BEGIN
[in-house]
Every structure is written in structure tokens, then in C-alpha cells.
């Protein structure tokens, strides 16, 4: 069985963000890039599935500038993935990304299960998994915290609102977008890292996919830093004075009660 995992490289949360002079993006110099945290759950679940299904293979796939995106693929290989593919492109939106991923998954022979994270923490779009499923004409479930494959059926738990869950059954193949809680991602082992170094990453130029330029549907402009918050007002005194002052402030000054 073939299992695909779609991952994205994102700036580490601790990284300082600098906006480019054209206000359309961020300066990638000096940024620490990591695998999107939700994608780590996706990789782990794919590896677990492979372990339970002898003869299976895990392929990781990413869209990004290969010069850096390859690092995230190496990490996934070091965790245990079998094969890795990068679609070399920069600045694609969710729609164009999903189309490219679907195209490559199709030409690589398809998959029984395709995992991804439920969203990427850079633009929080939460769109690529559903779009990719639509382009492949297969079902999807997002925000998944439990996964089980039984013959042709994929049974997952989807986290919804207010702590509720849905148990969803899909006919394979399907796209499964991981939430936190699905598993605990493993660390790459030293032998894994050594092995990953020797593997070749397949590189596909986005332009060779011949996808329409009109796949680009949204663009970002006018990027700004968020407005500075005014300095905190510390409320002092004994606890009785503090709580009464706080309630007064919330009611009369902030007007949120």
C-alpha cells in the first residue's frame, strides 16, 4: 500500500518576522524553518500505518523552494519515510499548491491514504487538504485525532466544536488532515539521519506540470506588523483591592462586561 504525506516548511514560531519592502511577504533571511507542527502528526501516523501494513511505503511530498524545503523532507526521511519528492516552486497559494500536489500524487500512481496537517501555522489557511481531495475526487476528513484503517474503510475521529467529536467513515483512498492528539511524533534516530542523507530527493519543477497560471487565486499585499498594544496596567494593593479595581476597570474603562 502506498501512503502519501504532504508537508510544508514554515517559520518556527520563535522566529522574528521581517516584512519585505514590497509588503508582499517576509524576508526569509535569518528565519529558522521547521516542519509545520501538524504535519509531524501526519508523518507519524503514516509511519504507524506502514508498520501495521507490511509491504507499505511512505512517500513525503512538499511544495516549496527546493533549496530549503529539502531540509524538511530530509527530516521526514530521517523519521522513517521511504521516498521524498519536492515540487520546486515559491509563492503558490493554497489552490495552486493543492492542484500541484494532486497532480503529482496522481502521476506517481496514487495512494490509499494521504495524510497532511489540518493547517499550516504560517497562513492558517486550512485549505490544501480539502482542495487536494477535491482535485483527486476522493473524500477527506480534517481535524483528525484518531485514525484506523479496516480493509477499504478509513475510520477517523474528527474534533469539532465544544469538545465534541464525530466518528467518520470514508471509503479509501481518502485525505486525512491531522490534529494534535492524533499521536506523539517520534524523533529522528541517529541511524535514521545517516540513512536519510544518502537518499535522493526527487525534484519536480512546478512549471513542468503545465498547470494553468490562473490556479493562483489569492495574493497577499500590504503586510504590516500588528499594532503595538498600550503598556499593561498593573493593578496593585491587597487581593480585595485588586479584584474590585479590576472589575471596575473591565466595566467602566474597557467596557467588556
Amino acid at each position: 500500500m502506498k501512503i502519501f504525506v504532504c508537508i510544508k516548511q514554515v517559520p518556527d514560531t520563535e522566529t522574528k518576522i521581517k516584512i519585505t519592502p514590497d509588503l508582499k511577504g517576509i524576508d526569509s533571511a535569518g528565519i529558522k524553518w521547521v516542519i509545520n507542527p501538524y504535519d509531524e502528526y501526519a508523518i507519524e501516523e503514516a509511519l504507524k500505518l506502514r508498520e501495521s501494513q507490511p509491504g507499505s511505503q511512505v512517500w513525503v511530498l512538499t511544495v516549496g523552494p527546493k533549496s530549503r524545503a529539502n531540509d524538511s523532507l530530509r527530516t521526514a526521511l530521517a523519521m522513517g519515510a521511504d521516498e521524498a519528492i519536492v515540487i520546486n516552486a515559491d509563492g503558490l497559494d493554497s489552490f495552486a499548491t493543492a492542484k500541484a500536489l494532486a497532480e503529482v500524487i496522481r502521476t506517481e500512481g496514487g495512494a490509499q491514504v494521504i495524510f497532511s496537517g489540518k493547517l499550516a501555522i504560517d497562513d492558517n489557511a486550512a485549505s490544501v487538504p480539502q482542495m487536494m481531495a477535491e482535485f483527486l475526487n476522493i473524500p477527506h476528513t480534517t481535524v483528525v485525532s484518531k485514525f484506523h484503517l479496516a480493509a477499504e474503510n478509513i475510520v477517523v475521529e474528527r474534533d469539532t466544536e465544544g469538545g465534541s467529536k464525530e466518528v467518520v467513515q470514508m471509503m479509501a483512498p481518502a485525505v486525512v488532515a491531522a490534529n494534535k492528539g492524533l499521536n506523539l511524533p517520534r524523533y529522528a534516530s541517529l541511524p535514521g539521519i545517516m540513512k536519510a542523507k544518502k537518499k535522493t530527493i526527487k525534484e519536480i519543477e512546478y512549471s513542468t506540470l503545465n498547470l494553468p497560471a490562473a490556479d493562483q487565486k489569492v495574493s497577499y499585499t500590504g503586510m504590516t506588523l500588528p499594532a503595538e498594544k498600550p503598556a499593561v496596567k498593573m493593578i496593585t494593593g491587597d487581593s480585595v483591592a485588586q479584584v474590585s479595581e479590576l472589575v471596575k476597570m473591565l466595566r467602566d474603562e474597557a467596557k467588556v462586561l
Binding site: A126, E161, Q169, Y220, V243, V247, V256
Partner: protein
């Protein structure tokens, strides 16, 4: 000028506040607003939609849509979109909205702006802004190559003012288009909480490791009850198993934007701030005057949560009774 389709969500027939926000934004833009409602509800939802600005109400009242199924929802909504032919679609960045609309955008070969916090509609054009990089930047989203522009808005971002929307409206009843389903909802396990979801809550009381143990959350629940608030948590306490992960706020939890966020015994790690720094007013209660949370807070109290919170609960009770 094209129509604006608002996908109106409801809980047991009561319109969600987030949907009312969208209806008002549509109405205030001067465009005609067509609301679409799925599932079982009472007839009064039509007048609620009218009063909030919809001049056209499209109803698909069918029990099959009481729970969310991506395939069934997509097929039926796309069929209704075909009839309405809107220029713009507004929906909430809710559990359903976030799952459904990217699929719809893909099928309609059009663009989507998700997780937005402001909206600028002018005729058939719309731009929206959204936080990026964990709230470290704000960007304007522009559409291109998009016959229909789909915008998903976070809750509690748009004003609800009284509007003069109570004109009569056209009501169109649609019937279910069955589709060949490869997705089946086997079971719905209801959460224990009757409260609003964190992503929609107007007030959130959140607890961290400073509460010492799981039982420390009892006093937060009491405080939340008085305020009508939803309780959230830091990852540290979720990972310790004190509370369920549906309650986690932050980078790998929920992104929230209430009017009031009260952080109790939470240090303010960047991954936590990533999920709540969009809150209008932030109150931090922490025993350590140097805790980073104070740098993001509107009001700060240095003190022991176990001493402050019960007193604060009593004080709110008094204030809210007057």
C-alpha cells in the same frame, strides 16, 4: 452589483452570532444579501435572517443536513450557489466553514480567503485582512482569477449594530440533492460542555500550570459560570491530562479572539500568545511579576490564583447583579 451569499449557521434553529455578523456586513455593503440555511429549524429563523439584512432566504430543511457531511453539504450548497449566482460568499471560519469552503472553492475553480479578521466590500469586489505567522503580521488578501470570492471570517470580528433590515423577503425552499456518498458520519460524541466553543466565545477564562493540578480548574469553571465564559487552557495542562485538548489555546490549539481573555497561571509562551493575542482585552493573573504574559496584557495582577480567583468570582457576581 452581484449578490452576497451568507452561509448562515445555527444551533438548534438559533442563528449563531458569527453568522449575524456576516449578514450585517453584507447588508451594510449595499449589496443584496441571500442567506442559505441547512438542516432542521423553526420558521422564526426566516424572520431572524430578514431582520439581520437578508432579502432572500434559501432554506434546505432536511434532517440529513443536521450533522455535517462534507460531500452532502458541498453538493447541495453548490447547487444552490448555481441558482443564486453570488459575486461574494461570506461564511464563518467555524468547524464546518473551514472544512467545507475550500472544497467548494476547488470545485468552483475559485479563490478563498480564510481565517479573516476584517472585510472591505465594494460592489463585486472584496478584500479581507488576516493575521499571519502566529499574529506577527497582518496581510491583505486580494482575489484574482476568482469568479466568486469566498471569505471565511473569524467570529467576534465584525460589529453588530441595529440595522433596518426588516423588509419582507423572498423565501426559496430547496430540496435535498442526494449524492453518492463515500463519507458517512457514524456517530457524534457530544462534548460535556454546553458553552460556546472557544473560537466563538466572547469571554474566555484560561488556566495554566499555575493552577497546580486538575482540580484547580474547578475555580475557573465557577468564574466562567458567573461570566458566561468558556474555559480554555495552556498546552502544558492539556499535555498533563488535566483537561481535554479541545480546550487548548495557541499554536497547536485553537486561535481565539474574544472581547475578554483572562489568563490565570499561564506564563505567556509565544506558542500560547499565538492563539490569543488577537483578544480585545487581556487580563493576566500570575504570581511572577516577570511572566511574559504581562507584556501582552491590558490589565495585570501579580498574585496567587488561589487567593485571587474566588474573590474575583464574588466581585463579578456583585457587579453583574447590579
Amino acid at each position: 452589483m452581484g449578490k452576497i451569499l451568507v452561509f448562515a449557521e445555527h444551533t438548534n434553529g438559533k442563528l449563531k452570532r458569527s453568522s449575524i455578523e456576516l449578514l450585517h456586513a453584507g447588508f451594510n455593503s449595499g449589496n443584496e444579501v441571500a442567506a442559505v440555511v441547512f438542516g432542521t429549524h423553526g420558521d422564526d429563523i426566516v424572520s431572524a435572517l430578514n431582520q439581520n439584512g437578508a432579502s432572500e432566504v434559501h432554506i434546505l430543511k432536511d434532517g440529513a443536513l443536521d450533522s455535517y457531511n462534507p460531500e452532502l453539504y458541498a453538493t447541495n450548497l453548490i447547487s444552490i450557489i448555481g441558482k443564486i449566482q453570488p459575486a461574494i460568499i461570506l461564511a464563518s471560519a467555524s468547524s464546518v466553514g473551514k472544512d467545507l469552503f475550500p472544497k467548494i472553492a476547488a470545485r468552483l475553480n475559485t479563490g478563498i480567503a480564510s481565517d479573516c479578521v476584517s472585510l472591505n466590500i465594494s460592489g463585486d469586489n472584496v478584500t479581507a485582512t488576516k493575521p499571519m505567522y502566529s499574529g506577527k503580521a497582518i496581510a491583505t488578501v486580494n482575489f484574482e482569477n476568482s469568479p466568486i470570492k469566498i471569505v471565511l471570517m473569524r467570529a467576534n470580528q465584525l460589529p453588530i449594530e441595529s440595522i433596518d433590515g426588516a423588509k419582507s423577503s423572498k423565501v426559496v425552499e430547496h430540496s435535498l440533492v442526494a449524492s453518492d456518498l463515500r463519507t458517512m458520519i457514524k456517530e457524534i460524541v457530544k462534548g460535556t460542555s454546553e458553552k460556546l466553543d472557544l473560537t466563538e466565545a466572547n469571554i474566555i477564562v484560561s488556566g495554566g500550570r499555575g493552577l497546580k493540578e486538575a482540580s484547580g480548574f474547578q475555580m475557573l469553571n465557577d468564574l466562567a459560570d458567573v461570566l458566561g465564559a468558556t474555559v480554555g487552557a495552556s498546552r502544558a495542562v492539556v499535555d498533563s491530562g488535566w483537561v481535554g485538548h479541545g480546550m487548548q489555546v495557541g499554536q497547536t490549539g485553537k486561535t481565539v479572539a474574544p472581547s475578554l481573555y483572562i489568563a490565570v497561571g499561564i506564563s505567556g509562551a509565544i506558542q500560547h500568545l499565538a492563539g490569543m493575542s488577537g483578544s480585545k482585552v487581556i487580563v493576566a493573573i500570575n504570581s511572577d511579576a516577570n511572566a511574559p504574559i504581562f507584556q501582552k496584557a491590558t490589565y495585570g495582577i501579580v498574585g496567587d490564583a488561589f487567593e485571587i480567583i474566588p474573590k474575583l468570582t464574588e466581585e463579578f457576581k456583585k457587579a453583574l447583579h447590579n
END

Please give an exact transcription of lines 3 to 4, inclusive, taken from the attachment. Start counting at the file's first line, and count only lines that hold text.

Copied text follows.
């Protein structure tokens, strides 16, 4: 069985963000890039599935500038993935990304299960998994915290609102977008890292996919830093004075009660 995992490289949360002079993006110099945290759950679940299904293979796939995106693929290989593919492109939106991923998954022979994270923490779009499923004409479930494959059926738990869950059954193949809680991602082992170094990453130029330029549907402009918050007002005194002052402030000054 073939299992695909779609991952994205994102700036580490601790990284300082600098906006480019054209206000359309961020300066990638000096940024620490990591695998999107939700994608780590996706990789782990794919590896677990492979372990339970002898003869299976895990392929990781990413869209990004290969010069850096390859690092995230190496990490996934070091965790245990079998094969890795990068679609070399920069600045694609969710729609164009999903189309490219679907195209490559199709030409690589398809998959029984395709995992991804439920969203990427850079633009929080939460769109690529559903779009990719639509382009492949297969079902999807997002925000998944439990996964089980039984013959042709994929049974997952989807986290919804207010702590509720849905148990969803899909006919394979399907796209499964991981939430936190699905598993605990493993660390790459030293032998894994050594092995990953020797593997070749397949590189596909986005332009060779011949996808329409009109796949680009949204663009970002006018990027700004968020407005500075005014300095905190510390409320002092004994606890009785503090709580009464706080309630007064919330009611009369902030007007949120």
C-alpha cells in the first residue's frame, strides 16, 4: 500500500518576522524553518500505518523552494519515510499548491491514504487538504485525532466544536488532515539521519506540470506588523483591592462586561 504525506516548511514560531519592502511577504533571511507542527502528526501516523501494513511505503511530498524545503523532507526521511519528492516552486497559494500536489500524487500512481496537517501555522489557511481531495475526487476528513484503517474503510475521529467529536467513515483512498492528539511524533534516530542523507530527493519543477497560471487565486499585499498594544496596567494593593479595581476597570474603562 502506498501512503502519501504532504508537508510544508514554515517559520518556527520563535522566529522574528521581517516584512519585505514590497509588503508582499517576509524576508526569509535569518528565519529558522521547521516542519509545520501538524504535519509531524501526519508523518507519524503514516509511519504507524506502514508498520501495521507490511509491504507499505511512505512517500513525503512538499511544495516549496527546493533549496530549503529539502531540509524538511530530509527530516521526514530521517523519521522513517521511504521516498521524498519536492515540487520546486515559491509563492503558490493554497489552490495552486493543492492542484500541484494532486497532480503529482496522481502521476506517481496514487495512494490509499494521504495524510497532511489540518493547517499550516504560517497562513492558517486550512485549505490544501480539502482542495487536494477535491482535485483527486476522493473524500477527506480534517481535524483528525484518531485514525484506523479496516480493509477499504478509513475510520477517523474528527474534533469539532465544544469538545465534541464525530466518528467518520470514508471509503479509501481518502485525505486525512491531522490534529494534535492524533499521536506523539517520534524523533529522528541517529541511524535514521545517516540513512536519510544518502537518499535522493526527487525534484519536480512546478512549471513542468503545465498547470494553468490562473490556479493562483489569492495574493497577499500590504503586510504590516500588528499594532503595538498600550503598556499593561498593573493593578496593585491587597487581593480585595485588586479584584474590585479590576472589575471596575473591565466595566467602566474597557467596557467588556